WelCom May 2019:
Pope Francis has urged young people to embrace their role as the present and the future of the Catholic Church by building relationships with their community and with God. His latest apostolic exhortation was signed on 25 March and released 2 April 2019, following last year’s Synod of Bishops on Young People, the Faith and Vocational Discernment.
The exhortation, Christus Vivit (Christ is Alive), is presented as a letter to young people and, through them, to the entire People of God.
In the lengthy document (nearly 35,000 words), the Pope emphasises ‘three great truths that all of us need constantly to keep hearing’, that:
- God loves us;
- Jesus offered Himself as a sacrifice for our salvation; and
- Jesus is alive today.
Pope Francis writes it is an error to look upon young people as the future of the world. ‘They are its present,’ he insists, ‘even now, they are helping to enrich it.’ He repeats his famous encouragement to young people to ‘make a ruckus’ and exhorts them to be ‘courageous missionaries’ of the Gospel message.
However, the Pontiff cautions against the temptation to ‘build a future without roots, as if the world were just starting now.’ He urges young people to find wisdom in the Church and makes a special plea for them to learn from the elderly. At the same time the Pope warns against clinging to the past of the Church.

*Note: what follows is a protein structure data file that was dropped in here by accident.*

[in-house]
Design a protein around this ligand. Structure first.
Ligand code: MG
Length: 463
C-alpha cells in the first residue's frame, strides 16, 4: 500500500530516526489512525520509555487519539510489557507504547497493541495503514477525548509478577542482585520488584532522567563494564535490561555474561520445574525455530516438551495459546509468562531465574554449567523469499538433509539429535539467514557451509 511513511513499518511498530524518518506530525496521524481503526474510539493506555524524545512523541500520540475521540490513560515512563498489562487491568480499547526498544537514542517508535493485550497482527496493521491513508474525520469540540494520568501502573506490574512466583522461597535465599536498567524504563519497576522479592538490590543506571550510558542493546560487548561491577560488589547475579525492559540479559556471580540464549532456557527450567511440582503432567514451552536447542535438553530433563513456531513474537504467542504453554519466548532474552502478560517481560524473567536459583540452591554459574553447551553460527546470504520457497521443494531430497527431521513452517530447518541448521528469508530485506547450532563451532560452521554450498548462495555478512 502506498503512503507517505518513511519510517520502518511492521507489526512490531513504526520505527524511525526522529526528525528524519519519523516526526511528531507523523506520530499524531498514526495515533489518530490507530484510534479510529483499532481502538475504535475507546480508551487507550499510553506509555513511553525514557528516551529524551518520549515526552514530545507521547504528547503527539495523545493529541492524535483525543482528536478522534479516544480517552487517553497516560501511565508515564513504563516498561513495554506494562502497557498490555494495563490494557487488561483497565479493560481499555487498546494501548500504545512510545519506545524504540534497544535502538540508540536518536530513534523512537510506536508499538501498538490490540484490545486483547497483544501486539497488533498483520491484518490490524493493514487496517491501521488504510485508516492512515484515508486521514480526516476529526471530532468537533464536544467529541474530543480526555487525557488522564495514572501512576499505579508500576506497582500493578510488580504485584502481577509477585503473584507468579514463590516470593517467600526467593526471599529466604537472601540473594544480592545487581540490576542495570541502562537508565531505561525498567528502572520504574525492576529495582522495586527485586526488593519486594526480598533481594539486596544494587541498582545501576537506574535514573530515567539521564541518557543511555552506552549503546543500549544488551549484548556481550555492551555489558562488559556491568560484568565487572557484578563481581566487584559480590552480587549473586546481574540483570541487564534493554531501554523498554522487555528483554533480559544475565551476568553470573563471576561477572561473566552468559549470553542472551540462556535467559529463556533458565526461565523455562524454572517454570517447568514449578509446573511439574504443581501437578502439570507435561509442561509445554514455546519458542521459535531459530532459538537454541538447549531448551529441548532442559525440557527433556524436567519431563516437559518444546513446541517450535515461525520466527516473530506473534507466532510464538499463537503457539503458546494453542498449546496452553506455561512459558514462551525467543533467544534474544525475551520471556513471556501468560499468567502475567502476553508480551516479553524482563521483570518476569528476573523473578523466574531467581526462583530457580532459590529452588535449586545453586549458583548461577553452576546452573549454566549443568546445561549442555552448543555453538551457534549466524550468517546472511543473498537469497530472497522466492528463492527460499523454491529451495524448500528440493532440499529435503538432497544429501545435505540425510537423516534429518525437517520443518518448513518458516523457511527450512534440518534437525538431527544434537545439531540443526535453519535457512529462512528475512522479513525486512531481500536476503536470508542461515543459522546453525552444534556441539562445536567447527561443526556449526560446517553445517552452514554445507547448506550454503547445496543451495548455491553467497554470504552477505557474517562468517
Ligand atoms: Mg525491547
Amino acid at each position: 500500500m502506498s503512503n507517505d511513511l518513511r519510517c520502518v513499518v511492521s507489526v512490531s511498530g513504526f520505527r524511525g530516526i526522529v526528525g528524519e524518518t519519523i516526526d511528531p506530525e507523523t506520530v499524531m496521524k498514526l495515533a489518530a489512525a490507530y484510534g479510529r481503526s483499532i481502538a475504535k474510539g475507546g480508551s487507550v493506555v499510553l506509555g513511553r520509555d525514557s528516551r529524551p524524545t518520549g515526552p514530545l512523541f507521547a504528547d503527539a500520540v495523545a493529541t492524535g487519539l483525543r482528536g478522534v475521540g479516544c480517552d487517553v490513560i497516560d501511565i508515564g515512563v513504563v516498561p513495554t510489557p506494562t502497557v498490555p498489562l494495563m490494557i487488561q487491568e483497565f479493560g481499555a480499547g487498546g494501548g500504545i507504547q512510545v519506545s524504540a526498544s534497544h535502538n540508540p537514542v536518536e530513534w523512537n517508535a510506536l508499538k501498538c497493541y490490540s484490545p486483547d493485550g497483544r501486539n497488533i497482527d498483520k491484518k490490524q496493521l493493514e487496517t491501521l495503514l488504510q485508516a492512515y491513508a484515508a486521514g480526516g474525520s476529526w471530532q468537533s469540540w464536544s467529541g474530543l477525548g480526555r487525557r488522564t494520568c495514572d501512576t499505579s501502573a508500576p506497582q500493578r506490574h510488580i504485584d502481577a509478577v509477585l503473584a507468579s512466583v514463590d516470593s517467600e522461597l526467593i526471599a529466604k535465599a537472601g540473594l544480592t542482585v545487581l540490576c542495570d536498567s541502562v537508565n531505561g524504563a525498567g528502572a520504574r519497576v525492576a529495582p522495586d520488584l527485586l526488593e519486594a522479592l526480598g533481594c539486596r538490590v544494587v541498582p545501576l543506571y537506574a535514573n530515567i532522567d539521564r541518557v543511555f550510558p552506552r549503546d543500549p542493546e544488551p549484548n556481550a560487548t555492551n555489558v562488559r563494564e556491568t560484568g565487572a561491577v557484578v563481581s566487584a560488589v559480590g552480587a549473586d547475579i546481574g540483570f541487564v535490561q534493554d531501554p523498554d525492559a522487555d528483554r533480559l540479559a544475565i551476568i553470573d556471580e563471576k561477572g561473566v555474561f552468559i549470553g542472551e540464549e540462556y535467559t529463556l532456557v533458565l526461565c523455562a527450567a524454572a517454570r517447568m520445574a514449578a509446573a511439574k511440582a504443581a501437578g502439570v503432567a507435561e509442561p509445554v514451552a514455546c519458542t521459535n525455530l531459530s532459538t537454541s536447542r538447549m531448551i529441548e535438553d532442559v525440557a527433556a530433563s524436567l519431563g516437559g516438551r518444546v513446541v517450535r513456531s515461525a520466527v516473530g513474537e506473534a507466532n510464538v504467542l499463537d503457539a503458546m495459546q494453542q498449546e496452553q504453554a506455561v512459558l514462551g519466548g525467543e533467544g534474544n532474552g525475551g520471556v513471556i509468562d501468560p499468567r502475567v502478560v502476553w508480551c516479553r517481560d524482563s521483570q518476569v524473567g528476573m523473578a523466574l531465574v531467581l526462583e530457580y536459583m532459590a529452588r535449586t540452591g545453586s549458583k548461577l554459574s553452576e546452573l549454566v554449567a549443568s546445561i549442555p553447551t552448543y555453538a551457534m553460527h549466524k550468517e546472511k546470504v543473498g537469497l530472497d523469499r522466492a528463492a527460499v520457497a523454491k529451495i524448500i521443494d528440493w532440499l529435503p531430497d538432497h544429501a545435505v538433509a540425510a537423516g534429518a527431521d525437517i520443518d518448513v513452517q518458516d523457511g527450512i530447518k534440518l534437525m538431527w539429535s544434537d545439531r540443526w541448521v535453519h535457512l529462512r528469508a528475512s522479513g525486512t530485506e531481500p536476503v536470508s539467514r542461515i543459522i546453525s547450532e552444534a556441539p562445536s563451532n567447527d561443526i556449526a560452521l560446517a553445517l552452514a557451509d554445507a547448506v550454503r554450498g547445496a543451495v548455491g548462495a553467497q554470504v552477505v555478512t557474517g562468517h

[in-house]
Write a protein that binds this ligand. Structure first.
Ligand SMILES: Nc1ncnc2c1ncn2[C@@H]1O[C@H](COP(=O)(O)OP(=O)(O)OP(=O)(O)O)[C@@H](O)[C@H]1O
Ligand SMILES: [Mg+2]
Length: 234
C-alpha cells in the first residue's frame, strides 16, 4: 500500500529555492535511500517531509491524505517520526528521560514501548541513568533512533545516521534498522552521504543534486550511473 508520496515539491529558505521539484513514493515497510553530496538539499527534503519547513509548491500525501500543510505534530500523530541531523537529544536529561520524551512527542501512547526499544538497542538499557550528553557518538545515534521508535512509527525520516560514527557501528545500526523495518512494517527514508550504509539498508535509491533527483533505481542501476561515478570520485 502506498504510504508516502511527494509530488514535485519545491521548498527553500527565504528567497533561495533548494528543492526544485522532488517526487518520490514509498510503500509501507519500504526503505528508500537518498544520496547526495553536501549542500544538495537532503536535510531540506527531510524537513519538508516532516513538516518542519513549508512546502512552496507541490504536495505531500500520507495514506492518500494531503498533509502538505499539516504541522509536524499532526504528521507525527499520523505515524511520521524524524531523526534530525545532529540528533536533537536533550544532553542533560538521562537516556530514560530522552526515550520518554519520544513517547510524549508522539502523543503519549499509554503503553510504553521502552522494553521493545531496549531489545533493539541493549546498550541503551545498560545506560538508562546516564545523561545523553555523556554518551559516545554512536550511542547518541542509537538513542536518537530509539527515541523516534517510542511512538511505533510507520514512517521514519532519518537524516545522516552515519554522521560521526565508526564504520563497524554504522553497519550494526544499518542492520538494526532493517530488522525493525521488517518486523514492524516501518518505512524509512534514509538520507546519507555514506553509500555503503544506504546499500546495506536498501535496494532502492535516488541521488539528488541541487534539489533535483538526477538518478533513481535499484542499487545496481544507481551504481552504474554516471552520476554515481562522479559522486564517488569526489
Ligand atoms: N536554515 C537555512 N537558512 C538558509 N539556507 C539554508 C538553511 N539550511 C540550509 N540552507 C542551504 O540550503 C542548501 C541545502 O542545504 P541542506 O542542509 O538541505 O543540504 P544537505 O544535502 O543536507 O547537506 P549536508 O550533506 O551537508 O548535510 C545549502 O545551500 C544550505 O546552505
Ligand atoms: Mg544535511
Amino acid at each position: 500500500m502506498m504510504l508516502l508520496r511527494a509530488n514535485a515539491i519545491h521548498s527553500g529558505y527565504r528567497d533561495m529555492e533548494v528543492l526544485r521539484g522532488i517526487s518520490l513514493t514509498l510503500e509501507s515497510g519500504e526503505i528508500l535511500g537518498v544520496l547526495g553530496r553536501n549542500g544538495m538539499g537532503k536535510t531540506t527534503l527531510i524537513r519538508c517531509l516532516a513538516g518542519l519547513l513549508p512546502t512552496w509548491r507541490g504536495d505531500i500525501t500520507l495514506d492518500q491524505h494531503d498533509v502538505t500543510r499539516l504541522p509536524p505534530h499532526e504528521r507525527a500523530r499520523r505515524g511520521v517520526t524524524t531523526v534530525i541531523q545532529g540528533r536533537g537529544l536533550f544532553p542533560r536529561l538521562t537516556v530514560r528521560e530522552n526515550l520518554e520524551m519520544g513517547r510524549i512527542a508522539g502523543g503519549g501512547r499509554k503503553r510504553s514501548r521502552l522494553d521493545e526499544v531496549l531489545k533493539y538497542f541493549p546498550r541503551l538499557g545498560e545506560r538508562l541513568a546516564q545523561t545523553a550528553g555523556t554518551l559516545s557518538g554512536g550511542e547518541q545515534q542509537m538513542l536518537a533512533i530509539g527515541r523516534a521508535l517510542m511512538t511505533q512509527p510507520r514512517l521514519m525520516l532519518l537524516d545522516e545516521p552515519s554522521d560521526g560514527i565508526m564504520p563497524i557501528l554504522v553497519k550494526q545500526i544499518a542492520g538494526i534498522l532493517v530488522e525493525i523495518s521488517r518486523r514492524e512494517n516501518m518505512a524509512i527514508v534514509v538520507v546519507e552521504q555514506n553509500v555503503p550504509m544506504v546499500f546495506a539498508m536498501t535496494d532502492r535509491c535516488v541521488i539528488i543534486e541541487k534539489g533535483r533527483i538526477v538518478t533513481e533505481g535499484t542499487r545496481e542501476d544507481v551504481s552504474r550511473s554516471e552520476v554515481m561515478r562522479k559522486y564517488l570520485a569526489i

‘Let us ask the Lord to free the Church from those who would make her grow old, encase her in the past, hold her back or keep her at a standstill. But let us also ask him to free her from another temptation: that of thinking she is young because she accepts everything the world offers her, thinking that she is renewed because she sets her message aside and acts like everybody else. No! The Church is young when she is herself, when she receives ever anew the strength born of God’s word, the Eucharist, and the daily presence of Christ and the power of his Spirit in our lives.’
In the apostolic exhortation Pope Francis also:
- asks young people to take precautions in their use of the internet, which can be a place of ‘loneliness, manipulation, exploitation and violence;’
- reminds readers that the Church takes special care for ‘those fleeing from war, violence, political or religious persecution, from natural disasters including those caused by climate change, and from extreme poverty;’ and
- repeats his call for an open attitude toward migrants.
Pope Francis concludes his message by telling young people that ‘my joyful hope is to see you keep running the race before you, outstripping all those who are slow or fearful.’
– Vatican News